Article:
Gardening Articles: Landscaping :: Trees, Shrubs, & Vines
Landscaping ... For the Birds (page 5 of 5)
by Lynn Ocone
Other Habitat Features
Dead Trees. Retain a standing dead tree if it's not in danger of falling. Snags, as they are called, provide nesting cavities for birds such as woodpeckers.
Ponds. In addition to providing water for birds, a small garden pond is excellent habitat for aquatic plants and other wildlife, including frogs and turtles. Locate the pond about 5 to 15 feet from protective cover.
Brush Piles. Birds and other wildlife will seek cover, food, and sometimes nesting places in a brush pile. Instead of hauling off your tree trimmings, create a brush pile (mixed with rocks and stones) in an out-of-sight corner of your property.
Meadows. A meadow of annual and perennial wildflowers, low-growing shrubs, and native grasses is a certain bird lure.
Some native grasses birds eagerly seek out for food and cover are bluestem (Andropogon), zones 4-10, depending on species; buffalo grass (Buchloe dactyloides), zones 3-9; northern sea oats (Chasmanthium latifolium), zones 5-9; switch grass (Panicum virgatum), zones 5-9; and Indian grass (Sorgastrum nutans), zones 4-9.
Birdfeeders & Baths. If you have space for just a few, place them in view from a window so you can enjoy the visitors. Locate them near trees or shrubs for cover.
The books listed below offer practical information on backyard birds and how to attract them.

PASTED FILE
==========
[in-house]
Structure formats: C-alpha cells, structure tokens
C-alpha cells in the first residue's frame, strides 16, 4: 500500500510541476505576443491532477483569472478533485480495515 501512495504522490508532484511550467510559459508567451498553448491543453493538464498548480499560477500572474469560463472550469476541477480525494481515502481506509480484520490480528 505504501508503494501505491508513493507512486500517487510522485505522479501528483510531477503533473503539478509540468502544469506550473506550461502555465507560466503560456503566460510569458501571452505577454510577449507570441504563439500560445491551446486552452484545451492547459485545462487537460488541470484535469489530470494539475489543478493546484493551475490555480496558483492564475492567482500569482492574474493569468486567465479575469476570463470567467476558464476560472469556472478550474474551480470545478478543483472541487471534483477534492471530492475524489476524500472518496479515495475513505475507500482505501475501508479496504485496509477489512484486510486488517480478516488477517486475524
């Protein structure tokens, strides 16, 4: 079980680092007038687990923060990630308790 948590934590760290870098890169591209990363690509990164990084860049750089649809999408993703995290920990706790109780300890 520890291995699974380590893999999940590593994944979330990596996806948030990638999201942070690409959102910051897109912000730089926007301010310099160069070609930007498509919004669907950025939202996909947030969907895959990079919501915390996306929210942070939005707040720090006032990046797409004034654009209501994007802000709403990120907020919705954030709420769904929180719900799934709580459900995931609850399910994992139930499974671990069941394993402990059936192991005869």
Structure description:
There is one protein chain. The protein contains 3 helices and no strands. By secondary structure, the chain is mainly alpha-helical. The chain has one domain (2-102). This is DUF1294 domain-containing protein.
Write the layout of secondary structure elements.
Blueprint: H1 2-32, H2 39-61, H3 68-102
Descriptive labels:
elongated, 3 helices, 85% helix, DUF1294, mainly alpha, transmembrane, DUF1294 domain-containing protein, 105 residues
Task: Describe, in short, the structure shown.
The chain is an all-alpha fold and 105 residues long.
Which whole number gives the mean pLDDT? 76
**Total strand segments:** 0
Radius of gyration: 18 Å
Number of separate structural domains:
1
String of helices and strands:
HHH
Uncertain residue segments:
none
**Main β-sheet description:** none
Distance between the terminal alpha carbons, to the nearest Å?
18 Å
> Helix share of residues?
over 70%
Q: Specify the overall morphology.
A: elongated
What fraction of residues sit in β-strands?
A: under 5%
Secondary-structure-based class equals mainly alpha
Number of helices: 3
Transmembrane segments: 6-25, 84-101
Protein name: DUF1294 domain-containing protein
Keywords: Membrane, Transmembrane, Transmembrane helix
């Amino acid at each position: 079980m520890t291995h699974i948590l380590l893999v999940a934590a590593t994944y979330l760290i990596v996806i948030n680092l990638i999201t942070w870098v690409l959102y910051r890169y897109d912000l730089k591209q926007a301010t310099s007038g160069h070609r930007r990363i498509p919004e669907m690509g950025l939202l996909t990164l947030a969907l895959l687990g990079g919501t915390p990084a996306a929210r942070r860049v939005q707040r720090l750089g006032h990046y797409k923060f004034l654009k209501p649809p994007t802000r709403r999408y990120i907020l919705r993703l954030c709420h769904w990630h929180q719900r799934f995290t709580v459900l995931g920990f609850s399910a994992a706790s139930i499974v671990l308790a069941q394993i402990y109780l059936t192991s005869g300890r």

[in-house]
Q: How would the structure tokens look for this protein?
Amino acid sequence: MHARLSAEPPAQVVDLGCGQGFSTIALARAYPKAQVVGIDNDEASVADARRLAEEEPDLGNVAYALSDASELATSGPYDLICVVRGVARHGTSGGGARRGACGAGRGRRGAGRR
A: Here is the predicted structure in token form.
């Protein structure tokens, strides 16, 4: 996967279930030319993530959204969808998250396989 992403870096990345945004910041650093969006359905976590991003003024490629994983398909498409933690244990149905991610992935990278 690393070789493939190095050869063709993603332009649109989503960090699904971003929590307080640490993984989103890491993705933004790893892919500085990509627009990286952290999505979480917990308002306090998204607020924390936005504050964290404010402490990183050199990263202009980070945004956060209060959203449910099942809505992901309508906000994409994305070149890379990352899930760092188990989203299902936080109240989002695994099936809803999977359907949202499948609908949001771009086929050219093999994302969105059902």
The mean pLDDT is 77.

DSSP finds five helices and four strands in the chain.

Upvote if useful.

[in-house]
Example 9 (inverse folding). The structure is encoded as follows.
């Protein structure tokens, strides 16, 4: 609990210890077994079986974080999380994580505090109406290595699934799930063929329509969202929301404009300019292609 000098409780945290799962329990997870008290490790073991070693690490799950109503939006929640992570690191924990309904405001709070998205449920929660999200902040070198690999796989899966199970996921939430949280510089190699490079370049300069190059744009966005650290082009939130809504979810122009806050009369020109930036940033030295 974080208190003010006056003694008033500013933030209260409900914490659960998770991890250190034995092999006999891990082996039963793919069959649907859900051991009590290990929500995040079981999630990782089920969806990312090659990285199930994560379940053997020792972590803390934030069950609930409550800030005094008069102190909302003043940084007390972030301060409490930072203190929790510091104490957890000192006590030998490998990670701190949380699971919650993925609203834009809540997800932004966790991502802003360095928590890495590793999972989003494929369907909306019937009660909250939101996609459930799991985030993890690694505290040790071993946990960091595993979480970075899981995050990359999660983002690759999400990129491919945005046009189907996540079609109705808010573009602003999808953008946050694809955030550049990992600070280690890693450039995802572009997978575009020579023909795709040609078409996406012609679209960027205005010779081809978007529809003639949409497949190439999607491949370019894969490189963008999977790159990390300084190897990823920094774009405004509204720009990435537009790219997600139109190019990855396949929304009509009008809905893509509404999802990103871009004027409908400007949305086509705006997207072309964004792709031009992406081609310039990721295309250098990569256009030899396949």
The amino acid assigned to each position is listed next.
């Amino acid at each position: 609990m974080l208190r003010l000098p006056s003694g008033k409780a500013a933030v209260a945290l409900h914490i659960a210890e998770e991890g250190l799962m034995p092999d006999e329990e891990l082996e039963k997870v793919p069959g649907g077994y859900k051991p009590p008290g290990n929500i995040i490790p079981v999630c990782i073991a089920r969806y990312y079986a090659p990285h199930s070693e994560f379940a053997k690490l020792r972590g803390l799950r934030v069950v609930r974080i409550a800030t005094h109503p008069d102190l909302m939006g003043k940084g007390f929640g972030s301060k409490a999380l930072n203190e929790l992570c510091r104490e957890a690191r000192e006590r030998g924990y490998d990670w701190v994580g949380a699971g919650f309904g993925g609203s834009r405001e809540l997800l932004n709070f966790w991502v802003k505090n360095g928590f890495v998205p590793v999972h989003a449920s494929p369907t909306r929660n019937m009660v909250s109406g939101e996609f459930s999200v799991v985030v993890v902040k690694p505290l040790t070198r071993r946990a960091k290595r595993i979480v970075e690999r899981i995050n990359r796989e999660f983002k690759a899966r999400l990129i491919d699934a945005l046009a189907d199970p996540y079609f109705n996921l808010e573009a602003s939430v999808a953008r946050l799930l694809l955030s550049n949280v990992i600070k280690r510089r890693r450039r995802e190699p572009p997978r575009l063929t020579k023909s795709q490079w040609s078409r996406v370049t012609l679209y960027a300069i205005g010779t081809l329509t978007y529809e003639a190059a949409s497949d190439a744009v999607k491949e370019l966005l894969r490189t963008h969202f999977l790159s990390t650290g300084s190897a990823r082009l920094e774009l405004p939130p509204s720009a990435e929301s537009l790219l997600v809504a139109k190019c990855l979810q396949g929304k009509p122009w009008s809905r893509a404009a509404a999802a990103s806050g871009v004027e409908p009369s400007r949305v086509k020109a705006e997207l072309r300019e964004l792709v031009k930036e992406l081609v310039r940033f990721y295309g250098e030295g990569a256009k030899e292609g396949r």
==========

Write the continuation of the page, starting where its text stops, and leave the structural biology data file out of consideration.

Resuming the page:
An Illustrated Guide to Attracting Birds by the editors of Sunset Books and Sunset Magazine, 1990 (Sunset Publishing Corporation, Menlo Park CA 94025; $8). Includes bird identification, landscaping techniques, and plant lists as well as information on feeders, houses, and baths.
The Bird Garden by Stephen W. Kress, 1995 (Dorling Kindersley, New York, NY 10016; $25). Includes bird identification, landscaping techniques, and plant lists as well as information on feeders, houses, and baths.
Birdscaping Your Garden by George Adams, 1998 (Rodale Press, Inc., Emmaus, PA 18098; $30). Includes bird identification, landscaping techniques, and plant lists.
Gardening for Wildlife by Craig Tufts and Peter Loewer, 1995 (Rodale Press, Inc., Emmaus, PA 18908; $30). Provides information on creating habitat for birds and other wildlife.
Lynn Ocone is a freelance writer who gardens for birds in her Vermont backyard.
Photography by Steve Maslowski/USFWS